November 29, 2011
By Suzann D. Silverman, Editor-in-Chief
This year during the 2011 Convention & Marketplace, the Commercial Real Estate Women Network honored five women for extraordinary leadership contributions to the industry. Representing a variety of disciplines, these winners of the Impact Awards—and the top honor, the Achievement of Excellence Award—have orchestrated complex deals as pioneers, negotiators and mediators, while at the same time supporting colleagues and mentoring future leaders. Following is a video featuring their insights into leadership and business success, as well as an extended version of the write-ups on their experiences that first appeared in the November 2011 issue of Commercial Property Executive. For more on the awards themselves, log on to crewnetwork.org.
Achievement of Excellence Award/Entrepreneurial Spirit Award
Pamela Bundy Foster did not set out to become a real estate developer, let alone partner on major mixed-use projects throughout Washington, D.C. But long before she founded her development company, she knew she never wanted to work for someone else.
Initially planning to become a psychologist, Foster realized it was not for her while doing doctoral work. The Hustle, Va., native instead went to work for 7-Eleven and then Pepsico as a district manager before realizing she had to take yet another direction.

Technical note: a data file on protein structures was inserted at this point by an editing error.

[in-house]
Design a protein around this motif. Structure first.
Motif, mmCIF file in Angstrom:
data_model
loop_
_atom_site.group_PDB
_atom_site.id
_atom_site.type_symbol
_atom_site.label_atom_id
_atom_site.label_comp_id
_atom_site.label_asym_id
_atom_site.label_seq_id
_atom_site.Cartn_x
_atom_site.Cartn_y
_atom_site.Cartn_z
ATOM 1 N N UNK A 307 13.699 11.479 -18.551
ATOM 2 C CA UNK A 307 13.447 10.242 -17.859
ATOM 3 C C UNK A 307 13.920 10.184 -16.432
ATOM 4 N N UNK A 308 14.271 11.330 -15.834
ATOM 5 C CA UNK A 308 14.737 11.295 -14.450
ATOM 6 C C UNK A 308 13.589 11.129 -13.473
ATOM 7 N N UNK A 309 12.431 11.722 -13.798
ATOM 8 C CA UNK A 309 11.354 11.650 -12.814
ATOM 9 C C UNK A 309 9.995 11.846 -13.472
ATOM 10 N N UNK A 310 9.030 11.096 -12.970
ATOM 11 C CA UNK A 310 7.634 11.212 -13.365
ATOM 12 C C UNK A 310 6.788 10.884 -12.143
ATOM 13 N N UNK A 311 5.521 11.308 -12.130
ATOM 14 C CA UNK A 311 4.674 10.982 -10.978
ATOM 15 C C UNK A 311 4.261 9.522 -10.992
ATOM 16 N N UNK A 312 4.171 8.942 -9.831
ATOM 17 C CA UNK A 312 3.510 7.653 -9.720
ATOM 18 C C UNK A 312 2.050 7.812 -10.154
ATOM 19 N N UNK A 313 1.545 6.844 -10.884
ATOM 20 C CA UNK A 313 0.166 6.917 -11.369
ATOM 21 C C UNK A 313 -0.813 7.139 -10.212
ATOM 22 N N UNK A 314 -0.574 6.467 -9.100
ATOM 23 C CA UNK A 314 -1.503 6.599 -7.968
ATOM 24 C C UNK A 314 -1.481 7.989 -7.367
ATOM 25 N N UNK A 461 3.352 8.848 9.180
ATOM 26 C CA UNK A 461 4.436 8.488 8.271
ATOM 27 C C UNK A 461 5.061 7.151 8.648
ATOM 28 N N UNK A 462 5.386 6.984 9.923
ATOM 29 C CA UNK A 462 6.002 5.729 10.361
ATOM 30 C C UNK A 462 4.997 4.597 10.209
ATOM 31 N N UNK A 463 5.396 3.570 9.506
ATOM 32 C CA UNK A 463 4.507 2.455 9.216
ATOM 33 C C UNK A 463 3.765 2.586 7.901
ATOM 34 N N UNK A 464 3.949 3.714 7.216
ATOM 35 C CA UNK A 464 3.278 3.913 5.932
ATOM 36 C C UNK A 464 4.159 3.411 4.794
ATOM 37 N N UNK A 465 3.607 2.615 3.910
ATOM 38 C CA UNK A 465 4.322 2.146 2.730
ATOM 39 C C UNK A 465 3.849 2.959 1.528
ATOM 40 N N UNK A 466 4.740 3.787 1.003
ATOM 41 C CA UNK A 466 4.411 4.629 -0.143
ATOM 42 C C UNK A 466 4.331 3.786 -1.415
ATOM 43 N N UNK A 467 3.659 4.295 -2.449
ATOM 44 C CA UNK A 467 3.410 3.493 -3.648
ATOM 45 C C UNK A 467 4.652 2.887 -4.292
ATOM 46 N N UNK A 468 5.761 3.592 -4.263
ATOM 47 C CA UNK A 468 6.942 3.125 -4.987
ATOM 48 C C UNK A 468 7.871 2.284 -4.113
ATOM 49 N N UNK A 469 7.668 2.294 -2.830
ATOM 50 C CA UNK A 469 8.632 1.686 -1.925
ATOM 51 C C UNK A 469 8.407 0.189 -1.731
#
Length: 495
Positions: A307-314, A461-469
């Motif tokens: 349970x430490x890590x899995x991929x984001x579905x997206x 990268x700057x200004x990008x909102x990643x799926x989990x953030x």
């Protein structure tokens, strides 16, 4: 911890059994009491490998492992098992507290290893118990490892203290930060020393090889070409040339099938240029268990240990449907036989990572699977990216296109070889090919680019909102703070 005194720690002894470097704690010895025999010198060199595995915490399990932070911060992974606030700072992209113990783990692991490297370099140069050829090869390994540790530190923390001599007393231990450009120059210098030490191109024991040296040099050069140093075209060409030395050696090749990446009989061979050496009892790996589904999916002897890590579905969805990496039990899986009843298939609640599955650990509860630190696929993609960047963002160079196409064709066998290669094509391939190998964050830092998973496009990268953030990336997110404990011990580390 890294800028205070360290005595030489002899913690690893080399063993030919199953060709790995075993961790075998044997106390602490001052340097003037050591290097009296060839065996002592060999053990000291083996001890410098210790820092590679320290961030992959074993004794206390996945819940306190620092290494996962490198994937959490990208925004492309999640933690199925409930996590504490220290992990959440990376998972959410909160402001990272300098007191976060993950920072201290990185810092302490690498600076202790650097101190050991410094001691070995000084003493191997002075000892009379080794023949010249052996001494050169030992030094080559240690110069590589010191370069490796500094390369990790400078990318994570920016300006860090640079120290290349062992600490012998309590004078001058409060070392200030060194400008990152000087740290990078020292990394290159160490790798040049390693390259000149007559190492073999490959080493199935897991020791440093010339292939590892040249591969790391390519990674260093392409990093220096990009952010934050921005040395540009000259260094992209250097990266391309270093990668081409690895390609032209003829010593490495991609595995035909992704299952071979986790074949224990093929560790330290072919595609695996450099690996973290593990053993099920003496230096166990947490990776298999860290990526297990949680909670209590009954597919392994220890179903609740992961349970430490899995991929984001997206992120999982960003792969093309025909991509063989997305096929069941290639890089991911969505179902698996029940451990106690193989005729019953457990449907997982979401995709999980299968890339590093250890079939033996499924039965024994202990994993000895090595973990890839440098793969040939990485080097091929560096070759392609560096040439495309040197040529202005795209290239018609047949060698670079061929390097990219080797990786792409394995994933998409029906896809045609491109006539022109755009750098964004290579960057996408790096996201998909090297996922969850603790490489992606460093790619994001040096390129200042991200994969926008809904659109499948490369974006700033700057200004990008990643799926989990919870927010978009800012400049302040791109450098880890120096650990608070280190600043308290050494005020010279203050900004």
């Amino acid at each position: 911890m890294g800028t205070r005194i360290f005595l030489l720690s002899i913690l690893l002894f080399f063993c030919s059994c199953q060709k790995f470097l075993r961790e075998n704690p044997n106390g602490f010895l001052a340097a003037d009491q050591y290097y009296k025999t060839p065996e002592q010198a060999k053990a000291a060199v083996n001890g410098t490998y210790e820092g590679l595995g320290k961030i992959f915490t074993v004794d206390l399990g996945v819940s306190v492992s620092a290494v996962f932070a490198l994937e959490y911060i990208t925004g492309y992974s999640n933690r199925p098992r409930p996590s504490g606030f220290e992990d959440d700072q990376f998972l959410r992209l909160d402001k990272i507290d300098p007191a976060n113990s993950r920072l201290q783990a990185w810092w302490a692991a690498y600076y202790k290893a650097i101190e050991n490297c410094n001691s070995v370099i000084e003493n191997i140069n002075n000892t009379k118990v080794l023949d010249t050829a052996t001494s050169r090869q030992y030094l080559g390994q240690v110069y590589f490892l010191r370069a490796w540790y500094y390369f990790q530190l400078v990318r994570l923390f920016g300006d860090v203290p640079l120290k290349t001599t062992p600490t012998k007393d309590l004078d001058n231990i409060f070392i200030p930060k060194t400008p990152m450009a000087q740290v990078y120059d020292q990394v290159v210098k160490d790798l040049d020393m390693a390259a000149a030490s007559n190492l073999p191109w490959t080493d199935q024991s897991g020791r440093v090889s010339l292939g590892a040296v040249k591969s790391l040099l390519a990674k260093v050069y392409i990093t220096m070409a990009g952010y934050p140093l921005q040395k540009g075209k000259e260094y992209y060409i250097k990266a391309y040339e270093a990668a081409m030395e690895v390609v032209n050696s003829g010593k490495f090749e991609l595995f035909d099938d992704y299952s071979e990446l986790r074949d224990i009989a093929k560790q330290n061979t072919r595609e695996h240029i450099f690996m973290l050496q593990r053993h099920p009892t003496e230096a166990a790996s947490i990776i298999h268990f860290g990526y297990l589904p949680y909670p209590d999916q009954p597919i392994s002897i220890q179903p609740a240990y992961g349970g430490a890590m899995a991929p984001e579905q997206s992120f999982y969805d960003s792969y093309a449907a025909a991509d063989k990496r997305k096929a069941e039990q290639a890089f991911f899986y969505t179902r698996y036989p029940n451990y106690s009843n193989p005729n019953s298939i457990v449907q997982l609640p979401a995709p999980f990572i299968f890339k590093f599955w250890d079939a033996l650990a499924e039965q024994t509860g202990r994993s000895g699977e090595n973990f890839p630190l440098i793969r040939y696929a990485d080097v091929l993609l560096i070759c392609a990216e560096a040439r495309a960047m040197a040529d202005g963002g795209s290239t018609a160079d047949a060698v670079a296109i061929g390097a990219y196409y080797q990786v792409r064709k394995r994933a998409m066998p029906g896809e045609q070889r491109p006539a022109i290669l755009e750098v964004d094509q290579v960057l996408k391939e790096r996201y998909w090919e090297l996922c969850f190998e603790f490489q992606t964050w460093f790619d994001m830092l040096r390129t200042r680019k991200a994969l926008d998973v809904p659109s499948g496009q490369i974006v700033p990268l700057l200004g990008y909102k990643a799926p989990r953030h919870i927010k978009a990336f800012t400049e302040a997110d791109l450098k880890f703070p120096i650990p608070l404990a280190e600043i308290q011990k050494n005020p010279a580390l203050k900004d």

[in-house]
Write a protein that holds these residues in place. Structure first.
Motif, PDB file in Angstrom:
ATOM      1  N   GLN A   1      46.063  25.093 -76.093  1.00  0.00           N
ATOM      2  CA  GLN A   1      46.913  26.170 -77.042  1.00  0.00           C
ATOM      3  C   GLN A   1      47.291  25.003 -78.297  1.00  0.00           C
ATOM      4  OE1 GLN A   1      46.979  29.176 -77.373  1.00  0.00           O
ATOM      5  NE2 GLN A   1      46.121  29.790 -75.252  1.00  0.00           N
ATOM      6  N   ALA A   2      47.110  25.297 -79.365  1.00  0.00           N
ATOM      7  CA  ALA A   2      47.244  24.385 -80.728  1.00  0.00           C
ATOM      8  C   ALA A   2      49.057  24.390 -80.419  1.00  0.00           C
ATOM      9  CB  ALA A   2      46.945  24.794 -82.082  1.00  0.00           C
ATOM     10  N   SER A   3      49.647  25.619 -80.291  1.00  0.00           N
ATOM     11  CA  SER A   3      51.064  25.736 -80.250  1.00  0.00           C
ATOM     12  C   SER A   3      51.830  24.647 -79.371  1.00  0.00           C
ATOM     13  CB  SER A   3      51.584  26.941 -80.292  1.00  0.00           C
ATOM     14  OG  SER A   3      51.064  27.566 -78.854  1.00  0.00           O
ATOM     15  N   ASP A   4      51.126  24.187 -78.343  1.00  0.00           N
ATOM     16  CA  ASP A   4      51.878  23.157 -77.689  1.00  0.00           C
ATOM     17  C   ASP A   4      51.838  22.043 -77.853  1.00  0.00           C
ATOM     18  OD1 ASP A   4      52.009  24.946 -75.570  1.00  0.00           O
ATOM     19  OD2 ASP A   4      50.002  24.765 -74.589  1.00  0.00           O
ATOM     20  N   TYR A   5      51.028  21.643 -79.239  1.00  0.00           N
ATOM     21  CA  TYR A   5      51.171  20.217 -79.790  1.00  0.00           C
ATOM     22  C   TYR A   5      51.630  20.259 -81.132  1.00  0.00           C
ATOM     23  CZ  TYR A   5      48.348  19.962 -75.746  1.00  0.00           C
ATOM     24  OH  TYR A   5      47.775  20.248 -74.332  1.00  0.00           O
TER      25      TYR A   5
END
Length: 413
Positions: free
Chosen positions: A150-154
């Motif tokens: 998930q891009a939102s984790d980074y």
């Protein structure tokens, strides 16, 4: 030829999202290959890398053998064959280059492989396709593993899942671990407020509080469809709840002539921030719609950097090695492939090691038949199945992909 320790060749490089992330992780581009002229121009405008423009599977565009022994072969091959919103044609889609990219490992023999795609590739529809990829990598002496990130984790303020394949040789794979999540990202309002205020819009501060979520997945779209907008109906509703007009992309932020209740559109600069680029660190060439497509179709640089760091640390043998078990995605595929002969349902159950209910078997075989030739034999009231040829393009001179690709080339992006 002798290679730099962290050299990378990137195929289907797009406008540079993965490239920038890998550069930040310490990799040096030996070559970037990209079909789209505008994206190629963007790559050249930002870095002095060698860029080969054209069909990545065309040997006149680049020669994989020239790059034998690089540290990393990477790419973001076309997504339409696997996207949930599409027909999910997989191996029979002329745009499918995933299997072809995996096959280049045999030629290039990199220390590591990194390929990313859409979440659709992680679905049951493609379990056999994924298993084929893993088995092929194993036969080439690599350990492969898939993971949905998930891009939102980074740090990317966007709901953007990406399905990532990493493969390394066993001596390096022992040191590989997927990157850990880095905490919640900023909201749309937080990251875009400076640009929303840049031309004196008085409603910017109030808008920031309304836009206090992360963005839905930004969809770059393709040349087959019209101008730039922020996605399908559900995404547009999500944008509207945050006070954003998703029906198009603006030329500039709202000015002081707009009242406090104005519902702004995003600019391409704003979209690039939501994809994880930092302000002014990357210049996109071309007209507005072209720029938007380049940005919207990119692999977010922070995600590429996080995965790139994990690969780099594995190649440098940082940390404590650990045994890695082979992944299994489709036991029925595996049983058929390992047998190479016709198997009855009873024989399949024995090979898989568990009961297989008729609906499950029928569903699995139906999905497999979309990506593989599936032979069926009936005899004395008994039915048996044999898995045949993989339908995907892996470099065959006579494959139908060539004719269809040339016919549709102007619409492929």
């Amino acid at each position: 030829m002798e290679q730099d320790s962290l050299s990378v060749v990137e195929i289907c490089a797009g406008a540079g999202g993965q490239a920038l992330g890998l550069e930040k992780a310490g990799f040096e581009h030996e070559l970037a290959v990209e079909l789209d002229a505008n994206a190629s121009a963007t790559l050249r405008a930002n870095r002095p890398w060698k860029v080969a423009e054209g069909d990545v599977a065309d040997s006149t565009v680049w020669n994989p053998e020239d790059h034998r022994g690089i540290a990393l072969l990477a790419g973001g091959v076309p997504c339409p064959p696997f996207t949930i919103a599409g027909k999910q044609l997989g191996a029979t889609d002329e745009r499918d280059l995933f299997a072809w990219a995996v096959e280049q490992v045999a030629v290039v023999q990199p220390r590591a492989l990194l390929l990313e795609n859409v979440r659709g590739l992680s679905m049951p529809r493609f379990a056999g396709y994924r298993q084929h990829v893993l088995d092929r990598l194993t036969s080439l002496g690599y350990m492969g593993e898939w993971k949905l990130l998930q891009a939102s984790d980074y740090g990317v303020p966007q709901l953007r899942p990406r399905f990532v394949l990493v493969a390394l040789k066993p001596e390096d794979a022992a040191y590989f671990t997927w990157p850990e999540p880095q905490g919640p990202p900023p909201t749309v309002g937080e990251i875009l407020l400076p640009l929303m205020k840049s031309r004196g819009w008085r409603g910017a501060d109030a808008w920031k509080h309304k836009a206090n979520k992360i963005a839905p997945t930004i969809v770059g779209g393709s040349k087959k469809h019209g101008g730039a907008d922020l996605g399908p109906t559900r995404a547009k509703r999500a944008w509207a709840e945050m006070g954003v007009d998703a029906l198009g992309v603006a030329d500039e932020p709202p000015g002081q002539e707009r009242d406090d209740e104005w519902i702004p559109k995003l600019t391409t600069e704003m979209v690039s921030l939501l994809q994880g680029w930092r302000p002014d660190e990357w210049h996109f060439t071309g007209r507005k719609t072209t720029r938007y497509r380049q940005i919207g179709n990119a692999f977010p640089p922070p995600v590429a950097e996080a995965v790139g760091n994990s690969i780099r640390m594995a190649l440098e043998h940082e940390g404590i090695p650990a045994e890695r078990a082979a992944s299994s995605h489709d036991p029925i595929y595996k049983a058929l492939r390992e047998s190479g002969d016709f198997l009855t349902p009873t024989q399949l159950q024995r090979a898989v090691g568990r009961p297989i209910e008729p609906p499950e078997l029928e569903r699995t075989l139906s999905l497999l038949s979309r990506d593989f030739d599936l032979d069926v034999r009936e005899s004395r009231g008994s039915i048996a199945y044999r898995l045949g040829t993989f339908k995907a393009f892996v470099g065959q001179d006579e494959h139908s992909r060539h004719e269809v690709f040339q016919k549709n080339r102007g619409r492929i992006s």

Jobless but financially sound, having recently reorganized her priorities, she took a sales class and discovered real estate. “I knew I didn’t want real estate sales,” she said, so she became an appraiser. A client group with a mid-’90s approach to the Washington market gave her the idea of buying homes inexpensively, then building or renovating and selling them. Between 1995 and 1999, she averaged 10 to 12 houses per year, developing a blueprint for her company and incorporating as Pamela Bundy & Associates in 1996. She did not know much about development at the outset, but growing up in the lumber business had given her a sense of it and she hired people to fill the gaps in her own expertise. “I just wasn’t scared,” she said. “I was willing to learn the hard way, willing to get people to train me, to learn on the job.”